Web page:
Vendors struggle to support partners’ international operations. This was one of the more contentious points of the conversation, but one that the partners were largely in unison on. There are two things at play here. First, more partners are expanding geographically. Every partner on the panel operated in multiple countries, whether across the EMEA region or worldwide. Second, and arguably more important, these partners all reported to have examples of global customers that wanted to centralize procurement from their HQ locations. The overwhelming feedback was that vendor country operations or regional siloes were a significant barrier to supporting these opportunities. Partners would encounter both a home market that is unable (or unwilling) to support revenue activities that fall outside of their allotted territory, while the vendor teams within the “subsidiary” markets would be equally concerned about getting recognized for sales activities happening in theirs. The consensus feedback from partners was that few vendors have figured out how to crack this conundrum, leaving partners in this situation having to navigate up the seniority stack to plead with global executives to resolve things.
Some vendors are tackling this challenge by formulating dedicated international programs, but these are challenging initiatives to drive successfully given the geographic P&L structure most vendors operate with. It is one thing to segment out a small number of global accounts that are managed by the vendor directly (and therefore sit outside of the normal sales segmentation model), but it is another challenge to support partners’ own global ambitions through a programmatic approach. Furthermore, vendors must consider the other side of this debate. Few partners have true international scale, and there will always be some markets where they cannot fulfill orders themselves, and therefore vendors may be asked to bear the burden of filling those gaps, either directly or with local partnerships, which leads to the other key point: vendors must consider long-standing local relationships with partners that may not have international strength but excel in their local markets. Forging ecosystems (the hot buzz in channel management right now) across the channel may be key to unlocking the success of international vendor programs.
Program incentive changes often happen before the market is ready. As one of the final topics discussed, unfortunately there wasn’t enough time to dive deep into this area. But it was clear from the reaction of the room that partners collectively felt this pain point. The complaint is that vendors, wanting to prioritize their latest and greatest offerings, apply great incentives on that side of their portfolios but in doing so, take away from the more established offerings. If there isn’t enough volume opportunity in the new products, the move only serves to reduce the overall earnings for the partner in the short term.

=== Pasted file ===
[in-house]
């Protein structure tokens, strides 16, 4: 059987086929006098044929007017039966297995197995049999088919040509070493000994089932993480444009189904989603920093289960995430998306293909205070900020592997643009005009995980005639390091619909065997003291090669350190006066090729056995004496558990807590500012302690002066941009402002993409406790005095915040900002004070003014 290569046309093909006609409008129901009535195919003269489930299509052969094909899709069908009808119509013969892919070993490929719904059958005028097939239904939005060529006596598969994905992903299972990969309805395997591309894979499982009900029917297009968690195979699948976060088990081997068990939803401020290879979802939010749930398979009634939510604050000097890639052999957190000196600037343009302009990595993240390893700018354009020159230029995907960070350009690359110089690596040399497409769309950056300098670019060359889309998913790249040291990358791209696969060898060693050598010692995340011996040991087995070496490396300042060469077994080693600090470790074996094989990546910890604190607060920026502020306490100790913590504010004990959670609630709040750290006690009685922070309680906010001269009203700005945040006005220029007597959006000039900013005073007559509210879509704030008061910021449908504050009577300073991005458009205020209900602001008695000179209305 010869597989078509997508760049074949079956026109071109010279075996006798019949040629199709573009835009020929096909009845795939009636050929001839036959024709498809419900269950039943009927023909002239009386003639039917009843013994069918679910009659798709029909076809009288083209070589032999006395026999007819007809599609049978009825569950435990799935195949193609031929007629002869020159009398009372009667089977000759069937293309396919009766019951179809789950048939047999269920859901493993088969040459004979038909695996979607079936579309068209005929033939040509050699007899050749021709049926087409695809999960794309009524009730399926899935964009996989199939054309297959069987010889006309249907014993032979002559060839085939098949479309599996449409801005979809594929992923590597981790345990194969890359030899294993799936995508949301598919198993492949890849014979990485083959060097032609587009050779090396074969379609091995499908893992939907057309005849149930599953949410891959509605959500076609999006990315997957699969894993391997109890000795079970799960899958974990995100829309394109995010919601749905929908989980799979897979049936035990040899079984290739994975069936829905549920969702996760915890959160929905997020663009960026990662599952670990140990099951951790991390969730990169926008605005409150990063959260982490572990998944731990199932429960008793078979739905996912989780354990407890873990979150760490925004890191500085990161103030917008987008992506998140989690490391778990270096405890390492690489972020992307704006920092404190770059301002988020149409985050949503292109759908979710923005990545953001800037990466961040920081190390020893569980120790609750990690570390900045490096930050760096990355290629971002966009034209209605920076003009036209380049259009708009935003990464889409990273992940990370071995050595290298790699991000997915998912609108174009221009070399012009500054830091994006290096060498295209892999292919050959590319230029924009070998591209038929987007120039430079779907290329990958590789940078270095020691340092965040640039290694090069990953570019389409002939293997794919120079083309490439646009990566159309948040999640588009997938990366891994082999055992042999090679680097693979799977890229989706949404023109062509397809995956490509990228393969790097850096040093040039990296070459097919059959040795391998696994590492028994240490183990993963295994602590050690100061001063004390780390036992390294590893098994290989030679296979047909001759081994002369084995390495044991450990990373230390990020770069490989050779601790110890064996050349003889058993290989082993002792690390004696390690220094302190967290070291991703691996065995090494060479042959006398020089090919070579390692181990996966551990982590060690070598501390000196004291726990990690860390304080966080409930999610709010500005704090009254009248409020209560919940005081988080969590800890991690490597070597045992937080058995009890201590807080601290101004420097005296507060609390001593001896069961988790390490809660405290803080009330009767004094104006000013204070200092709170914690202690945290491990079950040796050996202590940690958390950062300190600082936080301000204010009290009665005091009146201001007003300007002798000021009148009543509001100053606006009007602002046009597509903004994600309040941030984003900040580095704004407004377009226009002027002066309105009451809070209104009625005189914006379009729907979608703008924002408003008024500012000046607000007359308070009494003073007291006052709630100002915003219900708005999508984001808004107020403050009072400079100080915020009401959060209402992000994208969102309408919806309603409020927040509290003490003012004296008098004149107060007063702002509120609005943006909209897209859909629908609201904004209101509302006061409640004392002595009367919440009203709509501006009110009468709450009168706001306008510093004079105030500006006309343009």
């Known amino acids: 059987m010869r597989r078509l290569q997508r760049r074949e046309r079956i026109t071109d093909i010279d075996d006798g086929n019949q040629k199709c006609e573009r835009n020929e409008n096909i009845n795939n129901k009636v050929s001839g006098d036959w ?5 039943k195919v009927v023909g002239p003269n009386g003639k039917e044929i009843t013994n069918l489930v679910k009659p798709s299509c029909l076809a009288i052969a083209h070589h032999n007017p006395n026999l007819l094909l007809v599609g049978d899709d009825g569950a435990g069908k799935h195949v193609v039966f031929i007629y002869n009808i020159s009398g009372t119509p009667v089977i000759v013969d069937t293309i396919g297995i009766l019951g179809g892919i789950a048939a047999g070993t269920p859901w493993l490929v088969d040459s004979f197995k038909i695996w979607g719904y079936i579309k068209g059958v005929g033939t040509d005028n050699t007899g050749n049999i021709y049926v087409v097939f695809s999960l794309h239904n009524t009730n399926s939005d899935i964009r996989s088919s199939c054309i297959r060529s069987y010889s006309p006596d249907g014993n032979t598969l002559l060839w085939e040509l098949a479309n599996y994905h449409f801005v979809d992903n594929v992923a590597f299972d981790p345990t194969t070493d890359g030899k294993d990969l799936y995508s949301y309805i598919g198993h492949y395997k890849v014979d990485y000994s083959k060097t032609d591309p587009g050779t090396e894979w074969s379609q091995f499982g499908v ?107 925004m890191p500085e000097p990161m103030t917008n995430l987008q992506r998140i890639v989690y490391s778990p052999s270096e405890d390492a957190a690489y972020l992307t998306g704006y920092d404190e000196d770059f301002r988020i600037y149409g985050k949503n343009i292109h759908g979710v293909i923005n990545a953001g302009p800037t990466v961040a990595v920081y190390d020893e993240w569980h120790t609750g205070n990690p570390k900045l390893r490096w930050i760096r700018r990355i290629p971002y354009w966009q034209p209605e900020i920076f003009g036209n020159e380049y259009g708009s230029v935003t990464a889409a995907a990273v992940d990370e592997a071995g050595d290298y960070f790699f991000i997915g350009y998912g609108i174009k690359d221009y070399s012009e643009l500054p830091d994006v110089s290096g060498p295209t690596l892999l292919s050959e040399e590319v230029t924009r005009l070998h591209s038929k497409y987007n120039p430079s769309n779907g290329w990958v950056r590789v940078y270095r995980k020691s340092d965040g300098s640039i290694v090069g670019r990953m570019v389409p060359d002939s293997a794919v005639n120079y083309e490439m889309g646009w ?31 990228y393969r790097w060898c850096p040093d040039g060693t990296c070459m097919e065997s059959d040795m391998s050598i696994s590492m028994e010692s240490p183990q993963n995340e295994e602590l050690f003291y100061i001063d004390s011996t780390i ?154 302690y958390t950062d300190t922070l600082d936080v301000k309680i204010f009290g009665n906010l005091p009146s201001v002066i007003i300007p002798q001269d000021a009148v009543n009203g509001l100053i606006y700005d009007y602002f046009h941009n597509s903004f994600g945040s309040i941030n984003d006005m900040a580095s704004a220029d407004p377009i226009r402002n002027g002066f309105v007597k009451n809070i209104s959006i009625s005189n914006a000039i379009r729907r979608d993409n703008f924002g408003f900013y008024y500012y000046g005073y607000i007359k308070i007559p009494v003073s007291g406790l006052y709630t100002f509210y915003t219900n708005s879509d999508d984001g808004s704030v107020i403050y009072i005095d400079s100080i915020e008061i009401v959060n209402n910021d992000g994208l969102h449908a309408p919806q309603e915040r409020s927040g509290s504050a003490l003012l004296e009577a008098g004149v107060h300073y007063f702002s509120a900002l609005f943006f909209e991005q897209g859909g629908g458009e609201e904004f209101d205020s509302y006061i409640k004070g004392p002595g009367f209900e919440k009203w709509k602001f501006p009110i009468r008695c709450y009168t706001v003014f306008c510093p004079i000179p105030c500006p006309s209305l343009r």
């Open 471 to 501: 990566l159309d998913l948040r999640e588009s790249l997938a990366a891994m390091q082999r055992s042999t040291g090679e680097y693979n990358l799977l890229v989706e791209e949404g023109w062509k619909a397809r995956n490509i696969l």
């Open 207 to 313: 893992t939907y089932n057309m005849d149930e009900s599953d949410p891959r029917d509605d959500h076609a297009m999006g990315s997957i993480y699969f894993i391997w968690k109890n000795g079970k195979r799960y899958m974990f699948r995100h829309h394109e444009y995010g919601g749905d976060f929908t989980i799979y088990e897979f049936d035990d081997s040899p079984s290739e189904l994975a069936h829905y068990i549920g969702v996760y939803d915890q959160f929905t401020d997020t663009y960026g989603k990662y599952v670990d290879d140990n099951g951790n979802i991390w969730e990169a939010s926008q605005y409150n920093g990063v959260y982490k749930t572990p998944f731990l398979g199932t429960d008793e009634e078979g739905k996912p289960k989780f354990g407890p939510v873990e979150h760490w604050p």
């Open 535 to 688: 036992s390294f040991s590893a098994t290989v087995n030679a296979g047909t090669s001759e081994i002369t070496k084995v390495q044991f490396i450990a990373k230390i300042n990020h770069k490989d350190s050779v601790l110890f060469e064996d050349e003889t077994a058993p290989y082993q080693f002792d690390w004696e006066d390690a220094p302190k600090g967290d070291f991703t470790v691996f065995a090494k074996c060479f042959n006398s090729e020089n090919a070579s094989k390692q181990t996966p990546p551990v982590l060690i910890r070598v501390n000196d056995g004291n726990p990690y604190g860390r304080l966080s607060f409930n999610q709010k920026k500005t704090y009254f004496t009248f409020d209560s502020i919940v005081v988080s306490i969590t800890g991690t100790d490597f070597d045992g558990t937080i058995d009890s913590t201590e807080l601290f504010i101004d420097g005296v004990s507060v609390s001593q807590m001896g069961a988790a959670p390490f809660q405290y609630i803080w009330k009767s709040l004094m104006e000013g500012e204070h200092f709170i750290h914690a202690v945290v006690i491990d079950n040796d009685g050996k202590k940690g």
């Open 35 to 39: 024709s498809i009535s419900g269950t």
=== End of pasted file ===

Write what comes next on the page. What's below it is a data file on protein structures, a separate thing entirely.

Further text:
It is easy to sympathize with vendors on this front. Incentive programs, at their core, are designed to drive a specific set of behaviors and vendors clearly show their priorities with their incentive stacks. Vendors in the described scenario can argue that they are offering attractive margins but the experience from partners may be the opposite if they have not uncovered those opportunities. Affecting a partner’s earnings in the short term will inhibit its ability to succeed in the long term. Clearly, achieving perfect timing is not possible, so vendors need to use other tactics to ensure a smooth transition for partners:
- Use short-term incentives, such as promotions, deal registration bonuses or MDF, to encourage partners that are ready to focus on the newer part of the portfolio before overhauling the core incentive program.
- Give advanced notice that sweeping changes to the incentive stack are coming and provide tools to help partners calculate their earnings in the new structure.
- Before making programmatic changes, calculate the real (not hypothetical) impact on partners’ incentives to understand the potential ramifications.